pH 6.5 = milk
pH 6.5 – 7.4 = Healthy Saliva
pH 7 = pure distilled water - (this is Neutral pH, neither acid or base)[/color]
pH 7.35 – 7.45 = human blood
pH 8.5 = baking soda
pH 9 = Sea Water
pH 9.0-10.0 = Hand Soap, detergents
pH 10.5 = Milk of Magnesia
pH 11.5 = household ammonia
pH 12.5 = household bleach
pH 13 = lye (sodium hydroxide, or Draino)(Alkaline or Base extreme)

I would also be very careful of using sugar, aspirin, salt or any kind of crystal as a physical facial scrub; the irregular shapes could cause damage to delicate facial skin. As a chemical exfoliator, however, they may help although I'm not sure how much glycolic acid is actually derived from sugar either. Hopefully someone else may be able to contribute to this.

Cheers,

Athena

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ACrystal
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Thu Sep 20, 2007 3:22 pm      Reply with quote
Hmmm. Very interesting. Can anyone give exact proportions?
Jira
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Wed Sep 26, 2007 8:05 am      Reply with quote
Wow athena, It's good to know. Thanks
Skincare
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Fri Oct 05, 2007 6:24 am      Reply with quote
I love mixing Baking Soda with Cetaphil gentle cleanser. I even use it on my body.
DevineMissEm
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Wed Oct 10, 2007 8:11 pm      Reply with quote
once a week I use salt with water to exfoliate. my skin is so smooth afterwards I feel like I have just had facial somewhere really expensive. Rolling Eyes

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Wed Oct 10, 2007 8:22 pm      Reply with quote
I have thick skin and the bigger grains of sugar work best for me.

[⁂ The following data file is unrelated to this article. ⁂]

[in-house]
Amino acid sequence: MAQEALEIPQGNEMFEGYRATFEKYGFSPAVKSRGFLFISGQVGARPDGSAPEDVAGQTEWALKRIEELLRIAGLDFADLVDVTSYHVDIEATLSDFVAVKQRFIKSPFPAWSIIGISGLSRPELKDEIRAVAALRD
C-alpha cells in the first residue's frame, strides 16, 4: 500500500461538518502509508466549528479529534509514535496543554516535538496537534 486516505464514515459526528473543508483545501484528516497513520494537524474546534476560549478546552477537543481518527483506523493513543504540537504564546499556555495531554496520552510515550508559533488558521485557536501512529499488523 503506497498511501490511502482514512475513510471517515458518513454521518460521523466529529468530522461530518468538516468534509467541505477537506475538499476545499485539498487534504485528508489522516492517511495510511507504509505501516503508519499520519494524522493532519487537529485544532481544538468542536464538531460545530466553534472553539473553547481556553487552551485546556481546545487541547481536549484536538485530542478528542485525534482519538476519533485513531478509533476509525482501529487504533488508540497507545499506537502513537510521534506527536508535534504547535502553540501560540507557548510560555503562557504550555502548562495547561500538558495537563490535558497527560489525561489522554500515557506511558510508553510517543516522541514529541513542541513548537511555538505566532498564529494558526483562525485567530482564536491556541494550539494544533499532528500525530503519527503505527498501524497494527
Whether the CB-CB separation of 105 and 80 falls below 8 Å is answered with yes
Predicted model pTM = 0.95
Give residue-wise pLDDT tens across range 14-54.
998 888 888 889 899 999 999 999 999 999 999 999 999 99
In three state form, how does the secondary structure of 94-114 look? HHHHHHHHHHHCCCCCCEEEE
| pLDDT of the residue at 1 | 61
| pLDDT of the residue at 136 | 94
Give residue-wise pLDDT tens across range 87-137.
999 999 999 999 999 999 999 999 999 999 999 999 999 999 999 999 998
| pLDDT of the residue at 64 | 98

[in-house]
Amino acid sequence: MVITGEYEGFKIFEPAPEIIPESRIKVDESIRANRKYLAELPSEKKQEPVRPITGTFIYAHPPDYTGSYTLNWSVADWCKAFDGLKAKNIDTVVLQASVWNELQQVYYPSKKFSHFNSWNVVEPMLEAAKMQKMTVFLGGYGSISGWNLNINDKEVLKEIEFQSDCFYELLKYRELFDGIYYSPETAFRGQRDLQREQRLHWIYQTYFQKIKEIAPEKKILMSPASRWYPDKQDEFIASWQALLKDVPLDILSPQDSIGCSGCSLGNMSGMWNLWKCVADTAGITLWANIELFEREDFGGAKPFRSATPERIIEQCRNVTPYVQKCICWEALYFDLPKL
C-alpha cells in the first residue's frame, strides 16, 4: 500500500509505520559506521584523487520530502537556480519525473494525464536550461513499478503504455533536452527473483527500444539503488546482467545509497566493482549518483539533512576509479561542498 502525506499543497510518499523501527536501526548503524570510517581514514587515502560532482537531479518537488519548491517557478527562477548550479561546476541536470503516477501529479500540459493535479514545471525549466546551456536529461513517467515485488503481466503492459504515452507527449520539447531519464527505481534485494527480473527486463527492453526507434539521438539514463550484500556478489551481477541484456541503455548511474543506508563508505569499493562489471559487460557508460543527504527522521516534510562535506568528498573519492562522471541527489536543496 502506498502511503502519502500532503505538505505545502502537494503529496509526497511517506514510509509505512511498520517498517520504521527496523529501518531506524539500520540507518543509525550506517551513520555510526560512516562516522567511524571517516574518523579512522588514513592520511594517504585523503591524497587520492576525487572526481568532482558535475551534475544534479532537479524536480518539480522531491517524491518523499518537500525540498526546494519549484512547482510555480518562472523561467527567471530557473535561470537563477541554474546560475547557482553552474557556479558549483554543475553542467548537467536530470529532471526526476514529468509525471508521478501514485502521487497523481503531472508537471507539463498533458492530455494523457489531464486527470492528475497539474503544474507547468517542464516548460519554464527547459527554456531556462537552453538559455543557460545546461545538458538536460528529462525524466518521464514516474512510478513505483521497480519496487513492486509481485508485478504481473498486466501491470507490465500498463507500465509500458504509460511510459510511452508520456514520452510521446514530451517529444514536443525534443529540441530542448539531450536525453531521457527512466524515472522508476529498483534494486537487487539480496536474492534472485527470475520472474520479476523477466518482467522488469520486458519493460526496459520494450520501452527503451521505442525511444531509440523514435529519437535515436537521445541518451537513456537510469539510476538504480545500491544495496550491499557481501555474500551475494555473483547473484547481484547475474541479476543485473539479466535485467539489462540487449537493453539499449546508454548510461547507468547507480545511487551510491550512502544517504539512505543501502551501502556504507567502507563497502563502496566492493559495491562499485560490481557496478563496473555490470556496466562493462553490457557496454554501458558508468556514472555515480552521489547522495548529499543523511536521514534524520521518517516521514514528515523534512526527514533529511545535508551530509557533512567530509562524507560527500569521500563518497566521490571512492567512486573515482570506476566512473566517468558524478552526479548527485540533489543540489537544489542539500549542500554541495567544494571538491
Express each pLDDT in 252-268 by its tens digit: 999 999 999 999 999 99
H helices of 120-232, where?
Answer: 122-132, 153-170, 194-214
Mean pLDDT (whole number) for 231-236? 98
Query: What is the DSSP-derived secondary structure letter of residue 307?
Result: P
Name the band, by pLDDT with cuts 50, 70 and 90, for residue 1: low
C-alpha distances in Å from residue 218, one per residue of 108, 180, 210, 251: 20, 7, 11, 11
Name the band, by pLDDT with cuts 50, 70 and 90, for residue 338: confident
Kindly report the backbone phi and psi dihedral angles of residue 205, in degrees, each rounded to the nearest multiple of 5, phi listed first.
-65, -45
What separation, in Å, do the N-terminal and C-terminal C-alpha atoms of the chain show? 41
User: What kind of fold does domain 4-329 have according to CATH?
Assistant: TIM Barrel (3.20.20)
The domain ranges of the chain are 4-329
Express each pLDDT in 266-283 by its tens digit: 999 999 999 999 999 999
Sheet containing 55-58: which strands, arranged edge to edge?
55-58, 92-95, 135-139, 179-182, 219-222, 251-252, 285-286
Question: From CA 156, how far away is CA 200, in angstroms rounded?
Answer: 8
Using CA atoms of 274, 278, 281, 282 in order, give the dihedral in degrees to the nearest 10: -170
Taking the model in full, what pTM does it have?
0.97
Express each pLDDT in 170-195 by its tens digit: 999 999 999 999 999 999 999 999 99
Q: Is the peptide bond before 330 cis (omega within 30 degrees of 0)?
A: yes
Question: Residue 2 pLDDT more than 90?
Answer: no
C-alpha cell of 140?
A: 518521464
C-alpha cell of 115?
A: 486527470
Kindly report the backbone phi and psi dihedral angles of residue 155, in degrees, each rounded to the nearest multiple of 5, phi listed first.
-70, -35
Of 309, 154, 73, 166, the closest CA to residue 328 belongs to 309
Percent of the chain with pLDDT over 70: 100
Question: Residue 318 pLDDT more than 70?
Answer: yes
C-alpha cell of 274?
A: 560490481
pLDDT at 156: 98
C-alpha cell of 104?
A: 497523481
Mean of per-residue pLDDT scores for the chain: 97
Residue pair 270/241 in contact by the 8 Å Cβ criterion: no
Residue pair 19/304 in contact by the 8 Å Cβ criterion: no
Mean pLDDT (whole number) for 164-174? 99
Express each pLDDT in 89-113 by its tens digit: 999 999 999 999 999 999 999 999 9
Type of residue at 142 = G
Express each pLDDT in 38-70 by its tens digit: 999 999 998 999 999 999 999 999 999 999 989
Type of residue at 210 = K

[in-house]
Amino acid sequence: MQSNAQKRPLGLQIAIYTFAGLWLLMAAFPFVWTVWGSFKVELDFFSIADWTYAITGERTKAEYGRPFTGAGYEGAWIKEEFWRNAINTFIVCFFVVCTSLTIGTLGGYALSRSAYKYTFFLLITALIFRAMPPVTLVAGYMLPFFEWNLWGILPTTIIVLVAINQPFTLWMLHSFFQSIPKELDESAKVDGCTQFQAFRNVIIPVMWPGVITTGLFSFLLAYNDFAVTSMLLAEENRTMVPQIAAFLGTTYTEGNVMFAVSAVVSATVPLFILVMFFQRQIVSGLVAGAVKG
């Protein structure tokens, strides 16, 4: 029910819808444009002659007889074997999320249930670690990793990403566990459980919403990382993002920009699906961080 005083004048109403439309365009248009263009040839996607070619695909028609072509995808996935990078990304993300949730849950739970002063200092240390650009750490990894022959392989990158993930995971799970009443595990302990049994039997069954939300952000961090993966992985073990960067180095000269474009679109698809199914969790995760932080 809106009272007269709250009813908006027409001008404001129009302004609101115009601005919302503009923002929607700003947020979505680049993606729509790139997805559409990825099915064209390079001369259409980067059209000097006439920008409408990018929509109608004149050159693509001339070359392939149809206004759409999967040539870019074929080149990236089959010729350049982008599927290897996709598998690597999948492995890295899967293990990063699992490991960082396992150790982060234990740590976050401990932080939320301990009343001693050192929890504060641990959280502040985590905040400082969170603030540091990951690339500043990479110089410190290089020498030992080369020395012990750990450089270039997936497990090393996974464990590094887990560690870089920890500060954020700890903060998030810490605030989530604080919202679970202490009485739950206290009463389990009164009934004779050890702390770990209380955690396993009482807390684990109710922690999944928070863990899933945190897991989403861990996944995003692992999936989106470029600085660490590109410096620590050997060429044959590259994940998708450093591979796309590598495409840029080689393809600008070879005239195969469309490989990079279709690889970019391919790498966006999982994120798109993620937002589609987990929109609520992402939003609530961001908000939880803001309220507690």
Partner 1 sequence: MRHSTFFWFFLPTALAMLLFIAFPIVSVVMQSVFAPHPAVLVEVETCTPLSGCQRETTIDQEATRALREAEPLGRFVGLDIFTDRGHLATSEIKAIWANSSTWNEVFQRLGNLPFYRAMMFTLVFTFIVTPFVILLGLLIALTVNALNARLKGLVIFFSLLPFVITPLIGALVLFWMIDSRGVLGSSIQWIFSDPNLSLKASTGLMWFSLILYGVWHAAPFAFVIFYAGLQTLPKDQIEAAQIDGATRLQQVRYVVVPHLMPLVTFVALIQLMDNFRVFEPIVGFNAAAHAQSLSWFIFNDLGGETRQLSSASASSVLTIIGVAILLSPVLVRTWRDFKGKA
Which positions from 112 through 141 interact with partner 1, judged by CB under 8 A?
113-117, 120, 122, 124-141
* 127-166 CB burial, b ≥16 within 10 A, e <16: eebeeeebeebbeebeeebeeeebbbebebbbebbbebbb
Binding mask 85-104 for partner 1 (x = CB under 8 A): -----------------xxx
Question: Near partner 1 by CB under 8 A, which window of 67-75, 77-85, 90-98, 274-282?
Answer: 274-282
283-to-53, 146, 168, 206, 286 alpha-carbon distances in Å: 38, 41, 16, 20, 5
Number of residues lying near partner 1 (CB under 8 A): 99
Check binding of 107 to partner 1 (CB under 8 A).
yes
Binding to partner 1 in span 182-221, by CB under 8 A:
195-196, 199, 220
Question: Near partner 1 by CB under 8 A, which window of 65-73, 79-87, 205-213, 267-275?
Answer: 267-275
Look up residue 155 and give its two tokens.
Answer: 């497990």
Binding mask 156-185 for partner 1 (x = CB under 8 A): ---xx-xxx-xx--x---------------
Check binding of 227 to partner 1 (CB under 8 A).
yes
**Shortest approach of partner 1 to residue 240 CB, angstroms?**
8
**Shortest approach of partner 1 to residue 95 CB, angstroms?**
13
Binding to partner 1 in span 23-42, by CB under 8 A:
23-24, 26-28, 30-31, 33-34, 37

ginnielizz
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Wed Oct 10, 2007 10:00 pm      Reply with quote
I second Athena's cautions about both high pH ingredients like baking soda, and sharp/big crystal ingredients like sugar and salt. Obviously, they work okay for some users, particularly those with thicker skins like Belleza -- but if you have sensitive skin or are prone to rosacea, then you should probably avoid something that "scrubby".

Some other good homemade exfoliators are DIY versions of Dr. Hauschka/Jurlique Cleansing Cream, which contains finely ground almonds. Many folks on this board seem to be fans of that course of action, and I myself really enjoy that type of homemade exfoliator (I'm just too lazy to make it very often).

Lastly, I too wonder about sugar really being a good source of glycolic acid - my suspicion is that sugar-water alone doesn't really cut it, but who knows. I'm not a chemist. John C. Hill, where are you!?

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miranets
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Thu Oct 11, 2007 11:16 pm      Reply with quote
For those who have non reactive skins, I really caution complacency for using rough grains or high pH alternatives like baking soda.

I have lots of broken caps and redness from over doing it with large grain scrubs. Even when I discovered microdermabrasion crystals (small but very hard) I still overdid it and now have the legacy of spider veins to show for it.

Don't assume that if your skin can handle it now that it won't react in the future, especially if you also use acids and no sunscreen.

Gentle enzymes and daily physical exfoliation is the way to go easy on the skin.
Mom2Busy2Boys
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Fri Nov 23, 2007 2:30 am      Reply with quote
I use baking soda! Cheap and effective! Smile
annachan
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Sun Nov 25, 2007 10:06 pm      Reply with quote
yikes salt on your face is not such a good idea...drying and depending on the size of the grains can be a bit rough.....ground almonds and sesame seeds is good mixed with either oil (if you are dry) or honey...
yomama606
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Tue Feb 12, 2008 6:19 am      Reply with quote
I agree....Salt is not a good idea. I have seen many products with Sugar, but the Salt is too harsh.
MissCay
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Sun Mar 09, 2008 7:45 am      Reply with quote
sugar+olive oil= very nice, esp for hand treatment!